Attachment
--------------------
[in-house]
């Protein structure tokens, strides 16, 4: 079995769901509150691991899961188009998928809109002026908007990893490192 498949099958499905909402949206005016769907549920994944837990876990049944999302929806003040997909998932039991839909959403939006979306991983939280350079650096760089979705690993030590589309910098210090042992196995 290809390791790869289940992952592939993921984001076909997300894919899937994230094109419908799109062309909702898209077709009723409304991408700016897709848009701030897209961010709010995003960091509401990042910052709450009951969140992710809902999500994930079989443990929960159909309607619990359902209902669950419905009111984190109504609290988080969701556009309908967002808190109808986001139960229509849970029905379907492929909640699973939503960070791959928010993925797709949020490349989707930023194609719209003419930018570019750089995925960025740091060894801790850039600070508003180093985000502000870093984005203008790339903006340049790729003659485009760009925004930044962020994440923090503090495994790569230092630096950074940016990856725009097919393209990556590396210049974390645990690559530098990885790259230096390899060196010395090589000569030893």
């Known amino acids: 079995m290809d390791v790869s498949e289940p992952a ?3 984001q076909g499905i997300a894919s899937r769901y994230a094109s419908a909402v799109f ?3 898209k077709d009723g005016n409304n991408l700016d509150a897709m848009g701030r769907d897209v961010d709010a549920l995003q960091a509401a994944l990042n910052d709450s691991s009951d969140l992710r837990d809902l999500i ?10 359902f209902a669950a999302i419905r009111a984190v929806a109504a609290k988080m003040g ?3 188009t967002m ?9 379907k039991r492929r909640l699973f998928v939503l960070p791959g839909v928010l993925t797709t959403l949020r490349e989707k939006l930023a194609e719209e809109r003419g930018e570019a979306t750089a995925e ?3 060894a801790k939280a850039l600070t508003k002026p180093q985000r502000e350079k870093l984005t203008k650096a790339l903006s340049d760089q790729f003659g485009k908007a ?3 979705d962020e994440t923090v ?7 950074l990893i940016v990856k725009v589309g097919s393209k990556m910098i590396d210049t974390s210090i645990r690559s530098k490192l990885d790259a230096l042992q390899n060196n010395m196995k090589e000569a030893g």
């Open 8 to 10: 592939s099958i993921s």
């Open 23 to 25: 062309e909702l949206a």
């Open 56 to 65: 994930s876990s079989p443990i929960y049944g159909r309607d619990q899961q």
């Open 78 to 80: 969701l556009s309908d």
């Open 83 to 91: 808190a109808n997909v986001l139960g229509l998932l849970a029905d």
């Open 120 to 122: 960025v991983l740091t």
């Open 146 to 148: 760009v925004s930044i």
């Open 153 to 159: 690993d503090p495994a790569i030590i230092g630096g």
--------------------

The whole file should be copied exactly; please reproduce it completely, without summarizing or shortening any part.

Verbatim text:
[in-house]
């Protein structure tokens, strides 16, 4: 079995769901509150691991899961188009998928809109002026908007990893490192 498949099958499905909402949206005016769907549920994944837990876990049944999302929806003040997909998932039991839909959403939006979306991983939280350079650096760089979705690993030590589309910098210090042992196995 290809390791790869289940992952592939993921984001076909997300894919899937994230094109419908799109062309909702898209077709009723409304991408700016897709848009701030897209961010709010995003960091509401990042910052709450009951969140992710809902999500994930079989443990929960159909309607619990359902209902669950419905009111984190109504609290988080969701556009309908967002808190109808986001139960229509849970029905379907492929909640699973939503960070791959928010993925797709949020490349989707930023194609719209003419930018570019750089995925960025740091060894801790850039600070508003180093985000502000870093984005203008790339903006340049790729003659485009760009925004930044962020994440923090503090495994790569230092630096950074940016990856725009097919393209990556590396210049974390645990690559530098990885790259230096390899060196010395090589000569030893």
């Known amino acids: 079995m290809d390791v790869s498949e289940p992952a ?3 984001q076909g499905i997300a894919s899937r769901y994230a094109s419908a909402v799109f ?3 898209k077709d009723g005016n409304n991408l700016d509150a897709m848009g701030r769907d897209v961010d709010a549920l995003q960091a509401a994944l990042n910052d709450s691991s009951d969140l992710r837990d809902l999500i ?10 359902f209902a669950a999302i419905r009111a984190v929806a109504a609290k988080m003040g ?3 188009t967002m ?9 379907k039991r492929r909640l699973f998928v939503l960070p791959g839909v928010l993925t797709t959403l949020r490349e989707k939006l930023a194609e719209e809109r003419g930018e570019a979306t750089a995925e ?3 060894a801790k939280a850039l600070t508003k002026p180093q985000r502000e350079k870093l984005t203008k650096a790339l903006s340049d760089q790729f003659g485009k908007a ?3 979705d962020e994440t923090v ?7 950074l990893i940016v990856k725009v589309g097919s393209k990556m910098i590396d210049t974390s210090i645990r690559s530098k490192l990885d790259a230096l042992q390899n060196n010395m196995k090589e000569a030893g």
């Open 8 to 10: 592939s099958i993921s």
């Open 23 to 25: 062309e909702l949206a």
């Open 56 to 65: 994930s876990s079989p443990i929960y049944g159909r309607d619990q899961q």
């Open 78 to 80: 969701l556009s309908d």
């Open 83 to 91: 808190a109808n997909v986001l139960g229509l998932l849970a029905d």
């Open 120 to 122: 960025v991983l740091t």
């Open 146 to 148: 760009v925004s930044i």
């Open 153 to 159: 690993d503090p495994a790569i030590i230092g630096g």